Tag: trade act of 1974

If Only the USTR Were This Enthusiastic about Liberalizing Trade

There was really never any doubt that the United States would prevail in the dispute brought by China to the World Trade Organization over President Obama’s decision last year to levy duties on tire imports from China. The WTO verdict, revealed yesterday, simply affirms that the administration acted in accordance with U.S. WTO commitments—and leaves to others, such as myself, to conclude that the duties were a highly political act perpetrated with utter contempt for the significant economic and diplomatic costs of those actions.

Thus, “prevailing” in the WTO case should not be considered a source of universal joy for all Americans or even most Americans, as one might infer from the reaction of U.S. Trade Representative Ron Kirk, who jubilantly proclaimed, “This is a major victory for the United States and particularly for American workers and businesses.” Really, Ambassador Kirk? Tell that to the American workers and businesses involved in importing, trucking, wholesaling, retailing, and installing those Chinese-made tires. Tell it to the American workers and businesses who also happen to be U.S. tire consumers and are now lighter in their wallets or dangerously riding on worn treads as a result of the duties. Feel free to ask the workers and businesses in the U.S. poultry and auto parts industries—against whom the Chinese imposed antidumping duties immediately after the tire tariffs took effect—how they feel about having “prevailed.”

In fairness to Ambassador Kirk, in addition to working to open markets abroad, the USTR’s office is tasked with prosecuting challenges of our trade partners’ allegedly non-compliant policies and actions, as well as defending challenges to allegedly non-compliant U.S. policies and actions at the WTO. In that regard, warding off a challenge from China of the U.S. Section 421 law constitutes, arguably, a victory for the USTR’s office. But to be clear, Section 421 is a blatantly protectionist law that serves, at best, a sliver of the U.S. population slightly broader than the U.S. Congress.

As part of its WTO accession agreement in 2001, China agreed to allow the United States and other WTO members to treat it differently—indeed, discriminatorily—on several matters for a number of years after it joined the WTO. The China-Specific Safeguard mechanism (known legally as Section 421 of the Trade Act of 1974 and under which the tire tariffs were implemented in September 2009) authorizes the United States to impose duties if there is a surge in imports from China that is causing or threatening market disruption in the United States. Market disruption exists “whenever imports of an article like of directly competitive with an article produced by a domestic industry are increasing rapidly, either absolutely or relatively, so as to be a significant cause of material injury, or threat of material injury, to the domestic industry.” In other words, if U.S. industry is suffering the effects of normal competition—that is, if it must compete against more capable or more efficient foreign competitors—then the firms or workers in the U.S. industry can petition the U.S. government to raise those competitors’ prices through the imposition of trade restraints.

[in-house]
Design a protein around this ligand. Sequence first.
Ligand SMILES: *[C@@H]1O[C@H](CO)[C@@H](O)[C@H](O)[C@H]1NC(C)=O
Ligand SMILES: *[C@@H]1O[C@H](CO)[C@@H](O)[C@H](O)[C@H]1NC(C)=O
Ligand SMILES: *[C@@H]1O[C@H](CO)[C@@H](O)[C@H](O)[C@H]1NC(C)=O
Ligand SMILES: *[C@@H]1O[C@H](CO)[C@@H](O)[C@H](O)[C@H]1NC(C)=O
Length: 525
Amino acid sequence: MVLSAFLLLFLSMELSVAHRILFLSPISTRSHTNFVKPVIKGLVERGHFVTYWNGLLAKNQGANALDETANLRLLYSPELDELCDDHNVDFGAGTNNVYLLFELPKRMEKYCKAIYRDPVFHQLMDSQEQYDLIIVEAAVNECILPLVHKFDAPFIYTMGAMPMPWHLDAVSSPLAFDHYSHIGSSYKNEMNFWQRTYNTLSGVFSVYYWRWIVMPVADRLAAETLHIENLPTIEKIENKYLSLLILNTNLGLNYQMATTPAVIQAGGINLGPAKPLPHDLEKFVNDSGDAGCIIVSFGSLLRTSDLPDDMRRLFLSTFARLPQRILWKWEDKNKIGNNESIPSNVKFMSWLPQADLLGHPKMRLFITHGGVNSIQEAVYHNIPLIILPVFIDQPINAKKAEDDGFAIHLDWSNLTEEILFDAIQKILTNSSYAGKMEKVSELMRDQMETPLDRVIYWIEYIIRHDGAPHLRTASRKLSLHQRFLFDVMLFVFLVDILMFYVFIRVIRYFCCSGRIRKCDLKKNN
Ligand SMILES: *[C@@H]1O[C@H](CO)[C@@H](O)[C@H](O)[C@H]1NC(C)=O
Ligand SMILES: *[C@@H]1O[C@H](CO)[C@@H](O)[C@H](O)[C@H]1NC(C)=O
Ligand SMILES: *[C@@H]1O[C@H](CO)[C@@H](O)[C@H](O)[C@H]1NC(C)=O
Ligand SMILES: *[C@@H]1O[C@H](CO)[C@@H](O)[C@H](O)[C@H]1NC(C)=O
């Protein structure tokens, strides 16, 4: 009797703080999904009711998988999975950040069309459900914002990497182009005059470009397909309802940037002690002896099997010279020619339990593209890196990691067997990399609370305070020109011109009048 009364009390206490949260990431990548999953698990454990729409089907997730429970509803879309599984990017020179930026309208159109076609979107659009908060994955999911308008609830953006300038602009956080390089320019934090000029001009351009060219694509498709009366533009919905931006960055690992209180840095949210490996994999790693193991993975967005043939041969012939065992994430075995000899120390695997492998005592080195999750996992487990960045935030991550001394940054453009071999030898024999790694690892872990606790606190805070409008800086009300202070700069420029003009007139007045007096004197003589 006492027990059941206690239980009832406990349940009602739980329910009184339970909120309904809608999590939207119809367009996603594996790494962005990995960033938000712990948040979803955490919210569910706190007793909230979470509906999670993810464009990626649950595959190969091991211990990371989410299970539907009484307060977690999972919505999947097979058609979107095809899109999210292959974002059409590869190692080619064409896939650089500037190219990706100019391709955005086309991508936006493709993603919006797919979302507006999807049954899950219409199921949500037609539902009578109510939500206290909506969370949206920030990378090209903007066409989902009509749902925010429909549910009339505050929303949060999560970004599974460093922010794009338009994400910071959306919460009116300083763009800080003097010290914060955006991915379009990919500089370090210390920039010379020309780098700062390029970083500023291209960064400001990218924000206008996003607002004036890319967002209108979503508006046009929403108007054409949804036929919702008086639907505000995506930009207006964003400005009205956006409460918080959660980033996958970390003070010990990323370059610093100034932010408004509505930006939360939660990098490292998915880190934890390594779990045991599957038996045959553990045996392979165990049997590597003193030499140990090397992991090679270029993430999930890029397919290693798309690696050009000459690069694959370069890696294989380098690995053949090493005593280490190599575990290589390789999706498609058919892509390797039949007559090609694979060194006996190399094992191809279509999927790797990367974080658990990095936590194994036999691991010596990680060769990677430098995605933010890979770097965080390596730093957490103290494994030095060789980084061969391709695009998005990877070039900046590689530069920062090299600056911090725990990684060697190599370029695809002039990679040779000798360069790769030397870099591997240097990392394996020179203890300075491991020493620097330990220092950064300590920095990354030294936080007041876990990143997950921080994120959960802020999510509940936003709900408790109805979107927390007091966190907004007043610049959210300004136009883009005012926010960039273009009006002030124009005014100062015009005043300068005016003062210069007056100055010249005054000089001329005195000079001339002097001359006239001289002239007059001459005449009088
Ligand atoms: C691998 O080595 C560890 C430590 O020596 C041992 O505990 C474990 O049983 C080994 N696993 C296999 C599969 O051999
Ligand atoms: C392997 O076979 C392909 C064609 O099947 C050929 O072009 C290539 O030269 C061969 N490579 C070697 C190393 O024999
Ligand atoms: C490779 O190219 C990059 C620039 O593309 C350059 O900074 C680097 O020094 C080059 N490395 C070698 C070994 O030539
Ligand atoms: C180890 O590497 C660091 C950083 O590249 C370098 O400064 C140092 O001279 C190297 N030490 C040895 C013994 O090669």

It is also important to appreciate what Section 421 is not. Contrary to the rhetoric of too many politicians, trade lawyers, and union bosses, 421 is not an “unfair trade” statute. Unlike the antidumping and countervailing duty laws, a Section 421 case does not include allegations of prices at less than fair value or prices that benefit from countervailable government subsidies. The evidentiary threshold is much lower. All that is alleged-and all that has to be established-in a 421 petition is that imports from China are increasing in such a manner as to be a cause of market disruption (or threat thereof) to the domestic industry.

Section 421 is not intended to remedy any wrongdoing on the part of Chinese exporters, but is intended rather to give U.S. producers the opportunity to holler “time out!” as they catch their breath, assess prospects, and attempt to adjust to a new level of competition. Of course there are huge costs to this kind of intervention in the marketplace, thus the president is granted discretion, under the law, to deny relief if he determines that the costs to the broader economy clearly exceed any benefits to the petitioning industry. While such discretion provides some comfort that the law’s relaxed evidentiary standards won’t be routinely abused by domestic interests seeking to stifle competition, there are no guarantees that the president’s discretion will be based exclusively on considerations of the national economic interest. If there were, it would be nearly impossible to conjure a scenario in which the concentrated, temporary benefits to a specific industry receiving protection were not overwhelmed by the costs of that protection on the broader economy. Political considerations always influence decisions that lead to protection.

Yesterday’s WTO decision was arguably a victory for the rule of law in international trade—but also a reminder that politicians write the rules of trade, including some that are so antithetical to its purpose. I would be willing to cut Ambassador Kirk more slack for his jubilation if he were to find religion on the WTO and abide the rulings–such as on zeroing, gambling, and cotton subsidies–that his (and his predecessors’) office has lost.